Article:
Ibtihaj Muhammad’s Olympic Qualification A Ray Of Hope For Muslim-American Women

   Ibtihaj Muhammad poses for a portrait at the 2016 Team U.S. Media Summit on March 9, 2016 in Los Angeles.

Ibtihaj Muhammad poses for a portrait at the 2016 Team U.S. Media Summit on March 9, 2016 in Los Angeles.

LOS ANGELES - Ibtihaj Muhammad was not making a fashion statement. What she wore at the Team USA Media Summit last month in Los Angeles spoke of something much more significant.

She was dressed in blue jeans, a white jacket with a red U.S. Olympic team logo and a charcoal scarf covering her head, ears and neck, lining the oval of her copper-colored face.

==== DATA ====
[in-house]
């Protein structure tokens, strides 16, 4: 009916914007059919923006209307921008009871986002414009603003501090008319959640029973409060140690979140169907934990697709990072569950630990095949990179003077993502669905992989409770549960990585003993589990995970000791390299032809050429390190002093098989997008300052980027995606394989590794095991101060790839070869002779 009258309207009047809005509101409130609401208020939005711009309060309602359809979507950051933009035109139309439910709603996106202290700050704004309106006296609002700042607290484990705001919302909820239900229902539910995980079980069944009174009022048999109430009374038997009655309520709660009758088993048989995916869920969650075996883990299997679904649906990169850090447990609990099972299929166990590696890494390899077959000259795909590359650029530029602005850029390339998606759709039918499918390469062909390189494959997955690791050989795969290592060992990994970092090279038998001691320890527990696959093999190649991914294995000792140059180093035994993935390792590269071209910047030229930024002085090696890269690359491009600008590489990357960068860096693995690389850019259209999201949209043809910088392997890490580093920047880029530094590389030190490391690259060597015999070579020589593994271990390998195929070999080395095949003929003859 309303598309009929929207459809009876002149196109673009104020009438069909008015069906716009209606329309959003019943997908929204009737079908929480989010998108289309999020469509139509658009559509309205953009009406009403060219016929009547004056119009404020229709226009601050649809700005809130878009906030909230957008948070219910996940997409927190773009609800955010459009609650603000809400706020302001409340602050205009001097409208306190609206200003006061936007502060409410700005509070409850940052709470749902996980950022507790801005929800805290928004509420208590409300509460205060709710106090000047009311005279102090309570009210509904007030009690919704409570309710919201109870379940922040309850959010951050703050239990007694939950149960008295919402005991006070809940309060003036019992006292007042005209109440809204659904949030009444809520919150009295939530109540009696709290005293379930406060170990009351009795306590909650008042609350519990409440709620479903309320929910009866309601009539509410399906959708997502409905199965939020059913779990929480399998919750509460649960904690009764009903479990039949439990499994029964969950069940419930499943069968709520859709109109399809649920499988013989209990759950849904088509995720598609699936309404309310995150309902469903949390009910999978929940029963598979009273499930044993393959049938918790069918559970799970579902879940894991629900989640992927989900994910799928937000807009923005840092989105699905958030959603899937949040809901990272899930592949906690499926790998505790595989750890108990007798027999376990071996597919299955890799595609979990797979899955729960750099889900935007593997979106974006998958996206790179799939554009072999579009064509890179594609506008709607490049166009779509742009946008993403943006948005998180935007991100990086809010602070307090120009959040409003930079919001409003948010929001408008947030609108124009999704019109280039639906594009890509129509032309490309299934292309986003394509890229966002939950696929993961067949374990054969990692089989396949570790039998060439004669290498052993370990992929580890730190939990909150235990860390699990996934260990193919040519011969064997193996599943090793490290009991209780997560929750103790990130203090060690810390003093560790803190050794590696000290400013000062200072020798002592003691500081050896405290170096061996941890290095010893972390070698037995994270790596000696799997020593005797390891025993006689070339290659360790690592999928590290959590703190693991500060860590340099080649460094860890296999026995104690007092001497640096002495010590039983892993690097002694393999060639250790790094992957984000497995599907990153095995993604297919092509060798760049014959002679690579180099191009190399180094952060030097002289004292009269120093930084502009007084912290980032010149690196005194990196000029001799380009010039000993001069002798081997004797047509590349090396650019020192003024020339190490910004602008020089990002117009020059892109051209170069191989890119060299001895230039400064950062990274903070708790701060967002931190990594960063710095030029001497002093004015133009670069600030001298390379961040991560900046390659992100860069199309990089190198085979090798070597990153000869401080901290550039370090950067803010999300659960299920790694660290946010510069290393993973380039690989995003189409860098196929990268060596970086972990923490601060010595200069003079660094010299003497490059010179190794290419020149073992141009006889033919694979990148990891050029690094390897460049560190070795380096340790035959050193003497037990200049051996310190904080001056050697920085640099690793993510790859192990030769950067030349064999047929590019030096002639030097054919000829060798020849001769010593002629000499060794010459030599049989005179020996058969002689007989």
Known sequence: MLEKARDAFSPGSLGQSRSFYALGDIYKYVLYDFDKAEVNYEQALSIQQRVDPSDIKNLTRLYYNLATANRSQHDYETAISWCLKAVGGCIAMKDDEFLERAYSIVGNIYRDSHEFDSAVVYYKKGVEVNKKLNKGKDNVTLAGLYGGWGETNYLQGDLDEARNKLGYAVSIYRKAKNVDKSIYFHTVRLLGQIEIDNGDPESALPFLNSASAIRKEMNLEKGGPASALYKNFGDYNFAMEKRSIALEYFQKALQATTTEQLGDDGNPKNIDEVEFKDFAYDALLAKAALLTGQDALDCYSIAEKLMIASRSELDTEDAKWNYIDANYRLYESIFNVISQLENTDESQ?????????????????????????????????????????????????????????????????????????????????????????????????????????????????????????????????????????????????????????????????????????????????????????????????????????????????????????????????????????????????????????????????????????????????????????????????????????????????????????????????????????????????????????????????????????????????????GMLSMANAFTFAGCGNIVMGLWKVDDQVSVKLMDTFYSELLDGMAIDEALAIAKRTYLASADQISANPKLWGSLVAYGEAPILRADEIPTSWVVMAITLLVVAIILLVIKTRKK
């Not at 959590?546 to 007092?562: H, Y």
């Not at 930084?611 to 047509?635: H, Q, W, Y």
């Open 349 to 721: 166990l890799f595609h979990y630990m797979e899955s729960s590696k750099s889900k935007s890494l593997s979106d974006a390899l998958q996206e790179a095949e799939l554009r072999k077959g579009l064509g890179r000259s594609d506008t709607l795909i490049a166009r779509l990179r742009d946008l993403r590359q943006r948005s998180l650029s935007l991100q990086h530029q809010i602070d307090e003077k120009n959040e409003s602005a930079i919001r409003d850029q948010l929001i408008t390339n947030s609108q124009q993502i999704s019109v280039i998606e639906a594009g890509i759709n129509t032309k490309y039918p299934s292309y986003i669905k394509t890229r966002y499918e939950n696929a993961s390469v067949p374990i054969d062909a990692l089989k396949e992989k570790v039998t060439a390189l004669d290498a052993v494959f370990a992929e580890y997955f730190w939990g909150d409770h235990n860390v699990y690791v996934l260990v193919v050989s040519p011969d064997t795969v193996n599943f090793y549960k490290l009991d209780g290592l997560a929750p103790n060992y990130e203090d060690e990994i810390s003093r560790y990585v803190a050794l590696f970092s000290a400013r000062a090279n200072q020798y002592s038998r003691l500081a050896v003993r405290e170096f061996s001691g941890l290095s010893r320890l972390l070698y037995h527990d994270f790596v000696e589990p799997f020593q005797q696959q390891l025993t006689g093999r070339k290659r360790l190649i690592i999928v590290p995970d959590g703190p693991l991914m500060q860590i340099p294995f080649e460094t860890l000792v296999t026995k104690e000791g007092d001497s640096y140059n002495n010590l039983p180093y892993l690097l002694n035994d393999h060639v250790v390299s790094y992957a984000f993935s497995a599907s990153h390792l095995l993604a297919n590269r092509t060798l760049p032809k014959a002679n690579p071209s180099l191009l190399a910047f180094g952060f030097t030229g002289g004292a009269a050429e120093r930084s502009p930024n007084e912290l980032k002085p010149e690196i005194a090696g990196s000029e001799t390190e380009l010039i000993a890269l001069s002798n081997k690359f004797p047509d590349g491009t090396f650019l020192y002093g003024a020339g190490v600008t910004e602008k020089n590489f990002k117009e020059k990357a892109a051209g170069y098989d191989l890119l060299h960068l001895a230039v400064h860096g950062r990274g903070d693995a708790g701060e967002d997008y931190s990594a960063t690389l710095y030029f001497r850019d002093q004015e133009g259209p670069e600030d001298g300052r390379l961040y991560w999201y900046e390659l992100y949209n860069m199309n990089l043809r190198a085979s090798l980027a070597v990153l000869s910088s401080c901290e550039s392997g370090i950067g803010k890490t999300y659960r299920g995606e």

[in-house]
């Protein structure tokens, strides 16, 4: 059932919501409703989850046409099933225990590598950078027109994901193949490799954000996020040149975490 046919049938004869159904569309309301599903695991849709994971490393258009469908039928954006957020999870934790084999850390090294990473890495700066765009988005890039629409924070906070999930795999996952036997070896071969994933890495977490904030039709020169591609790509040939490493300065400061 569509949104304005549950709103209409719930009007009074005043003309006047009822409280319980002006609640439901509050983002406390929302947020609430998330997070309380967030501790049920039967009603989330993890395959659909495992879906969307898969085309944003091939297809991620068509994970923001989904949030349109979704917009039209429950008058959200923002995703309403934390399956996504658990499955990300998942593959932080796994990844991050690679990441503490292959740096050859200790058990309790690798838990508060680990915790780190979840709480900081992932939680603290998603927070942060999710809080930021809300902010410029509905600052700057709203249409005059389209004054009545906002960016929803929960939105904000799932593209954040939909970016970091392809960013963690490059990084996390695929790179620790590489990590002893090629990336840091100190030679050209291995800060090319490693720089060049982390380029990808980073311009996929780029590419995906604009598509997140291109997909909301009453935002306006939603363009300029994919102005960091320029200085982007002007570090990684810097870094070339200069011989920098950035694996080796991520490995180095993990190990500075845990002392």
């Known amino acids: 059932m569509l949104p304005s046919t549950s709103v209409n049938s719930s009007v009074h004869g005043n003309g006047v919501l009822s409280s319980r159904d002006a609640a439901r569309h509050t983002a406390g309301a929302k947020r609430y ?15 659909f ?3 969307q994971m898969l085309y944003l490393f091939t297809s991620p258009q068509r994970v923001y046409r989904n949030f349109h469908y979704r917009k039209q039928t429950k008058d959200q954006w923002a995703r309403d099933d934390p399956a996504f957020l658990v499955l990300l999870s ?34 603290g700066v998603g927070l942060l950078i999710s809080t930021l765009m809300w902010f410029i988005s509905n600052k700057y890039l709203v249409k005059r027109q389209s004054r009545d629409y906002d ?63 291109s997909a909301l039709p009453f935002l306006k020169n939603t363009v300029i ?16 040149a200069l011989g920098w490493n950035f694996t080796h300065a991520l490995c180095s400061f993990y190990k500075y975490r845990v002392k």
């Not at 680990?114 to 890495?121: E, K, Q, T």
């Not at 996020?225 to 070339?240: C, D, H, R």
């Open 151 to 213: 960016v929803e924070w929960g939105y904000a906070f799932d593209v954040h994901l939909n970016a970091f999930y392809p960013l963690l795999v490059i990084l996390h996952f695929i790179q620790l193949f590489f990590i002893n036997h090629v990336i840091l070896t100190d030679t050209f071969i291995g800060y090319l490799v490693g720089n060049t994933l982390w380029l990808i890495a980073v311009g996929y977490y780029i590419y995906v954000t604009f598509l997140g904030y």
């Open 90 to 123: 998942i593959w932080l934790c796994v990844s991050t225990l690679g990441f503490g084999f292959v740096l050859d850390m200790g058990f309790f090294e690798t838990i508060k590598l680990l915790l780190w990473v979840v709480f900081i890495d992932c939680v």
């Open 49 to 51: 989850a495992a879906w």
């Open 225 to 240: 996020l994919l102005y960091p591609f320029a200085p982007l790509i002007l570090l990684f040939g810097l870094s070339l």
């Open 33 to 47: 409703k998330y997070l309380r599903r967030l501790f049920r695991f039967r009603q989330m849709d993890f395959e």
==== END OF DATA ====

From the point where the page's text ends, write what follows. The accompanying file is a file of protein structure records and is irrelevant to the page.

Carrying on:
It was the scarf that had drawn all the attention. There is an irony in having that dark, monochrome scarf be the attraction, given that Muhammad has such a sense of style she has launched a clothing line full of distinctive apparel in bright colors and intricate patterns.

The scarf, known now as hijab although referred to in the Quran as khimar, is plenty eye-catching in one of Muhammad’s worlds, the world of Olympic sports, where few wear it.

For Muhammad and many Muslim women, hijab is a symbol of both their identity and their spiritual connection to God. And she is soon to be the first U.S. athlete who competes in hijab at the Olympics.

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